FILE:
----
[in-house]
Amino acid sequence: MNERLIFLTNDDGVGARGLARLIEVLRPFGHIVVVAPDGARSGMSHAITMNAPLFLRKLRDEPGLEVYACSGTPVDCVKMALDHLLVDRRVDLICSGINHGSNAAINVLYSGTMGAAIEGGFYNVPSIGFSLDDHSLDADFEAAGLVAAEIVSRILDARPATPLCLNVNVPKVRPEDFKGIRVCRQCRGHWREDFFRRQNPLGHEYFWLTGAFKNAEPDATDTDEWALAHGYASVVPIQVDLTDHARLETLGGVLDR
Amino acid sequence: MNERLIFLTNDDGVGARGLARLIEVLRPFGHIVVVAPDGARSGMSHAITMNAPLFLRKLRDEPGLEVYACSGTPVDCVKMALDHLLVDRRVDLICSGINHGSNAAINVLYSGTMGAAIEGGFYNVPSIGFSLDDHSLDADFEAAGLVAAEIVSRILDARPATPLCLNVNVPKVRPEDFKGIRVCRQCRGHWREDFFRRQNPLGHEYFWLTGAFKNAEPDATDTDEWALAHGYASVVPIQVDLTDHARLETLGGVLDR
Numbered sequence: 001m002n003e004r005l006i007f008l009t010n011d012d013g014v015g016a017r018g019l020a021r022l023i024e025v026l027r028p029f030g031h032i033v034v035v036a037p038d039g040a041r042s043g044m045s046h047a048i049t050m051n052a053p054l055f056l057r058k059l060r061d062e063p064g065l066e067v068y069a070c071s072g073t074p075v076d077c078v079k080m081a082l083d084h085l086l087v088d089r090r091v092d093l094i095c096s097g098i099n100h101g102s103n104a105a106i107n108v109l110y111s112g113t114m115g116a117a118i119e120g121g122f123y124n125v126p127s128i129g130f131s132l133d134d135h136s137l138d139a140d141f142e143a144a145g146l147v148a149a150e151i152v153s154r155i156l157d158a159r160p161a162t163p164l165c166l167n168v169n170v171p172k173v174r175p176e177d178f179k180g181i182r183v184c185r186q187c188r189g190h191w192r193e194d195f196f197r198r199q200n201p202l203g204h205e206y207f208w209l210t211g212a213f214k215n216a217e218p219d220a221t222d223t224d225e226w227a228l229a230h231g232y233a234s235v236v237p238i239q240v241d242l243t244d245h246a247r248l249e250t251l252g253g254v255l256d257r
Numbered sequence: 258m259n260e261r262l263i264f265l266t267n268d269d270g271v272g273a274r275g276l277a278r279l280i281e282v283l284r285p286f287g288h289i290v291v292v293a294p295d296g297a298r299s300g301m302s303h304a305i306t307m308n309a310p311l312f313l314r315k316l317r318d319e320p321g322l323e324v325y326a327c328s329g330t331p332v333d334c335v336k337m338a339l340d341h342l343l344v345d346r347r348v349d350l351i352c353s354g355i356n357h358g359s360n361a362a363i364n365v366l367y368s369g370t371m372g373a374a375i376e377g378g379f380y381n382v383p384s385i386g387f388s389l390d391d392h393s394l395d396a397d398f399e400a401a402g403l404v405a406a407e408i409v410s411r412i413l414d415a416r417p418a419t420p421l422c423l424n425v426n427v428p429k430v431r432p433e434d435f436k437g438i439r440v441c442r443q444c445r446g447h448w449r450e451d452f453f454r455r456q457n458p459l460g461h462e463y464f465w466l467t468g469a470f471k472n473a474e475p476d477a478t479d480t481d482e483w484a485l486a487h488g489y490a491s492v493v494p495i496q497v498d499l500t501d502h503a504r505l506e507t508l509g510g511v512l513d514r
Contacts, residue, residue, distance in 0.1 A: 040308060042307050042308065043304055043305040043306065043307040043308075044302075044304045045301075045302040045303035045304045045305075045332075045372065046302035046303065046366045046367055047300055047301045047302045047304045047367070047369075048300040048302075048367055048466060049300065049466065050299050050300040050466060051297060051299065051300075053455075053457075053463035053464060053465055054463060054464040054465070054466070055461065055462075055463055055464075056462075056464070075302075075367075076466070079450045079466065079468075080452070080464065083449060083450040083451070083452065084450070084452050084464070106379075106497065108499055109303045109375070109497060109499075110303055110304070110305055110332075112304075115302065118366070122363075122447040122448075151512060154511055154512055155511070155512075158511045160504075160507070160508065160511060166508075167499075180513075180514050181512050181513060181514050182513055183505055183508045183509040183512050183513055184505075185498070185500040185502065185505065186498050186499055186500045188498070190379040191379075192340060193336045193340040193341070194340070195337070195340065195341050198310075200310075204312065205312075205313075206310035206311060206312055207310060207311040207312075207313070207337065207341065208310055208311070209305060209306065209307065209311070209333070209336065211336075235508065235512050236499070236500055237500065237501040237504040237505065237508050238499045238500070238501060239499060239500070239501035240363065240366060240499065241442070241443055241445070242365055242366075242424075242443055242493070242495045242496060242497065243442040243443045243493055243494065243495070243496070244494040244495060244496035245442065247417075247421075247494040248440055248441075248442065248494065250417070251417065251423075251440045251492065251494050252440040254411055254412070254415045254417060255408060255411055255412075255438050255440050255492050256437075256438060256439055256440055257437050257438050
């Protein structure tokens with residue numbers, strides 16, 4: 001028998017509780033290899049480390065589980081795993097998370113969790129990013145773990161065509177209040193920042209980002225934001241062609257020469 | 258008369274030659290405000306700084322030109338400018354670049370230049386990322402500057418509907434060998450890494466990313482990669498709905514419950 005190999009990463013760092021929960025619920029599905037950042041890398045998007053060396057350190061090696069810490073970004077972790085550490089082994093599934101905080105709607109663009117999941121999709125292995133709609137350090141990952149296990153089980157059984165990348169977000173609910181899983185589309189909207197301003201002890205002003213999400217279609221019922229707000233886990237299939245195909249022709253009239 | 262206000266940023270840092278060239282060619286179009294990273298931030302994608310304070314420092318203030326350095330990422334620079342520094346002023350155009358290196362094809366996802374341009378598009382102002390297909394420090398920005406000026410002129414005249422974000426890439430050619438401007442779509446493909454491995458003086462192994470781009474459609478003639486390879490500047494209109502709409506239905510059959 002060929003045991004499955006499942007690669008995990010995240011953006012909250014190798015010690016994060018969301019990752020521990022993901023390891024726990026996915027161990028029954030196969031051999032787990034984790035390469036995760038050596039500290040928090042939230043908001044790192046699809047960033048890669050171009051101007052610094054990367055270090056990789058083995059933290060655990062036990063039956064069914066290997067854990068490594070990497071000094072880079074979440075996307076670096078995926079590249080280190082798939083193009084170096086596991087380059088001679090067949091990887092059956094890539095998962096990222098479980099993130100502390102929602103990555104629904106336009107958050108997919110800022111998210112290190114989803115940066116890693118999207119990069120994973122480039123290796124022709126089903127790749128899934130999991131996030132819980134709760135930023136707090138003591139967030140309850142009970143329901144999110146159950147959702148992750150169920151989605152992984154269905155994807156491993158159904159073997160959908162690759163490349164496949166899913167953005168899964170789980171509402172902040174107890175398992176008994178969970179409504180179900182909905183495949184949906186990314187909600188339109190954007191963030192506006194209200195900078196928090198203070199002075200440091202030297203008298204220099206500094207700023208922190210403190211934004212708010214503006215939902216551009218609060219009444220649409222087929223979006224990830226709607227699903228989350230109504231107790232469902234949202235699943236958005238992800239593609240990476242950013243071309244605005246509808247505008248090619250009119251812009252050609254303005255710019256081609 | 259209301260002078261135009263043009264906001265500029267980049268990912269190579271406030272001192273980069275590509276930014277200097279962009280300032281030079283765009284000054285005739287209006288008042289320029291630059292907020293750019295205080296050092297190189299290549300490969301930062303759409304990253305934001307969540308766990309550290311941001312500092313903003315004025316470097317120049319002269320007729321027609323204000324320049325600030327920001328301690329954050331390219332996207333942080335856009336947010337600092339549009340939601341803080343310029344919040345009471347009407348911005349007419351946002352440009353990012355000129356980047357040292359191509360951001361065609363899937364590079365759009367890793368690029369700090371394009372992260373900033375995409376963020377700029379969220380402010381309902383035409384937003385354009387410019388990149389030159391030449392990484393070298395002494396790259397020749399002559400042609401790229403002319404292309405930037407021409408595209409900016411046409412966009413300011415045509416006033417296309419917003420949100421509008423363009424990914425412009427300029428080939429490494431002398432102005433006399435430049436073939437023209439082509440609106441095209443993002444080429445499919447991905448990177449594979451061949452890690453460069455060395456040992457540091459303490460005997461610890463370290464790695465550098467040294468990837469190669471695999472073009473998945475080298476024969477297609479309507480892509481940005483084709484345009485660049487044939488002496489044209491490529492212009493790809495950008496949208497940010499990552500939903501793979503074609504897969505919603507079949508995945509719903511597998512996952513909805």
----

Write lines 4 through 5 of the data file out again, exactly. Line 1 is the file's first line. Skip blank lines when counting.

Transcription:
Numbered sequence: 001m002n003e004r005l006i007f008l009t010n011d012d013g014v015g016a017r018g019l020a021r022l023i024e025v026l027r028p029f030g031h032i033v034v035v036a037p038d039g040a041r042s043g044m045s046h047a048i049t050m051n052a053p054l055f056l057r058k059l060r061d062e063p064g065l066e067v068y069a070c071s072g073t074p075v076d077c078v079k080m081a082l083d084h085l086l087v088d089r090r091v092d093l094i095c096s097g098i099n100h101g102s103n104a105a106i107n108v109l110y111s112g113t114m115g116a117a118i119e120g121g122f123y124n125v126p127s128i129g130f131s132l133d134d135h136s137l138d139a140d141f142e143a144a145g146l147v148a149a150e151i152v153s154r155i156l157d158a159r160p161a162t163p164l165c166l167n168v169n170v171p172k173v174r175p176e177d178f179k180g181i182r183v184c185r186q187c188r189g190h191w192r193e194d195f196f197r198r199q200n201p202l203g204h205e206y207f208w209l210t211g212a213f214k215n216a217e218p219d220a221t222d223t224d225e226w227a228l229a230h231g232y233a234s235v236v237p238i239q240v241d242l243t244d245h246a247r248l249e250t251l252g253g254v255l256d257r
Numbered sequence: 258m259n260e261r262l263i264f265l266t267n268d269d270g271v272g273a274r275g276l277a278r279l280i281e282v283l284r285p286f287g288h289i290v291v292v293a294p295d296g297a298r299s300g301m302s303h304a305i306t307m308n309a310p311l312f313l314r315k316l317r318d319e320p321g322l323e324v325y326a327c328s329g330t331p332v333d334c335v336k337m338a339l340d341h342l343l344v345d346r347r348v349d350l351i352c353s354g355i356n357h358g359s360n361a362a363i364n365v366l367y368s369g370t371m372g373a374a375i376e377g378g379f380y381n382v383p384s385i386g387f388s389l390d391d392h393s394l395d396a397d398f399e400a401a402g403l404v405a406a407e408i409v410s411r412i413l414d415a416r417p418a419t420p421l422c423l424n425v426n427v428p429k430v431r432p433e434d435f436k437g438i439r440v441c442r443q444c445r446g447h448w449r450e451d452f453f454r455r456q457n458p459l460g461h462e463y464f465w466l467t468g469a470f471k472n473a474e475p476d477a478t479d480t481d482e483w484a485l486a487h488g489y490a491s492v493v494p495i496q497v498d499l500t501d502h503a504r505l506e507t508l509g510g511v512l513d514r